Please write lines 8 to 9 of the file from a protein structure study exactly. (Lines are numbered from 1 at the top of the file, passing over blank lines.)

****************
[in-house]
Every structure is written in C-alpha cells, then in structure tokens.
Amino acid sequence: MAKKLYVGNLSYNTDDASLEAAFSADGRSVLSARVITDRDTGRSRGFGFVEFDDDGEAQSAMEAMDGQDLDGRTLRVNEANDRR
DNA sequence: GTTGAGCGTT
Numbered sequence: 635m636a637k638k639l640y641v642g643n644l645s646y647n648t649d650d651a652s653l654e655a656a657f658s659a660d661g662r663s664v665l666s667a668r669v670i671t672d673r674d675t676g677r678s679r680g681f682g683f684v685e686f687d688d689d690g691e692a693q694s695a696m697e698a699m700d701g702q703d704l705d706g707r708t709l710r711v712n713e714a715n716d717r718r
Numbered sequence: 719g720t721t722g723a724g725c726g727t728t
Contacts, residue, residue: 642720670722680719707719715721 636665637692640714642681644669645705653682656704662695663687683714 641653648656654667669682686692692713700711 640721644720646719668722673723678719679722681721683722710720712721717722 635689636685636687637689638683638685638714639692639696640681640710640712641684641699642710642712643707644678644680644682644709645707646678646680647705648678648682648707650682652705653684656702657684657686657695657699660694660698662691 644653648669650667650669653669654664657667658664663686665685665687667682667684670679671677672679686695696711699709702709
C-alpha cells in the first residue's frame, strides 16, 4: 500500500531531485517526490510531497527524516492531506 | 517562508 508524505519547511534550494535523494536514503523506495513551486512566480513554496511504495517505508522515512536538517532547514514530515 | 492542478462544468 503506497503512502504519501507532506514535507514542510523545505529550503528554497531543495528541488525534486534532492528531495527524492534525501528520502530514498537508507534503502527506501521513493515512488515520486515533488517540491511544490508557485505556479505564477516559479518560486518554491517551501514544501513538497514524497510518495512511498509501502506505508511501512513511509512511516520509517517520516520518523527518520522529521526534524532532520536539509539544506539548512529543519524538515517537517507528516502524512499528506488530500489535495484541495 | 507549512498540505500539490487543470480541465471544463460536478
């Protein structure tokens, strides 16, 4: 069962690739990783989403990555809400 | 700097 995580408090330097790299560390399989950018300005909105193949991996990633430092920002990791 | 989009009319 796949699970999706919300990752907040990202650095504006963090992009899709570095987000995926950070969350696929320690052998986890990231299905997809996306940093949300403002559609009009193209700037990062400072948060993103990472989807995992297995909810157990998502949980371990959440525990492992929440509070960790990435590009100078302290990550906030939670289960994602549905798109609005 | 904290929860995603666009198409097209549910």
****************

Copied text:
C-alpha cells in the first residue's frame, strides 16, 4: 500500500531531485517526490510531497527524516492531506 | 517562508 508524505519547511534550494535523494536514503523506495513551486512566480513554496511504495517505508522515512536538517532547514514530515 | 492542478462544468 503506497503512502504519501507532506514535507514542510523545505529550503528554497531543495528541488525534486534532492528531495527524492534525501528520502530514498537508507534503502527506501521513493515512488515520486515533488517540491511544490508557485505556479505564477516559479518560486518554491517551501514544501513538497514524497510518495512511498509501502506505508511501512513511509512511516520509517517520516520518523527518520522529521526534524532532520536539509539544506539548512529543519524538515517537517507528516502524512499528506488530500489535495484541495 | 507549512498540505500539490487543470480541465471544463460536478
């Protein structure tokens, strides 16, 4: 069962690739990783989403990555809400 | 700097 995580408090330097790299560390399989950018300005909105193949991996990633430092920002990791 | 989009009319 796949699970999706919300990752907040990202650095504006963090992009899709570095987000995926950070969350696929320690052998986890990231299905997809996306940093949300403002559609009009193209700037990062400072948060993103990472989807995992297995909810157990998502949980371990959440525990492992929440509070960790990435590009100078302290990550906030939670289960994602549905798109609005 | 904290929860995603666009198409097209549910």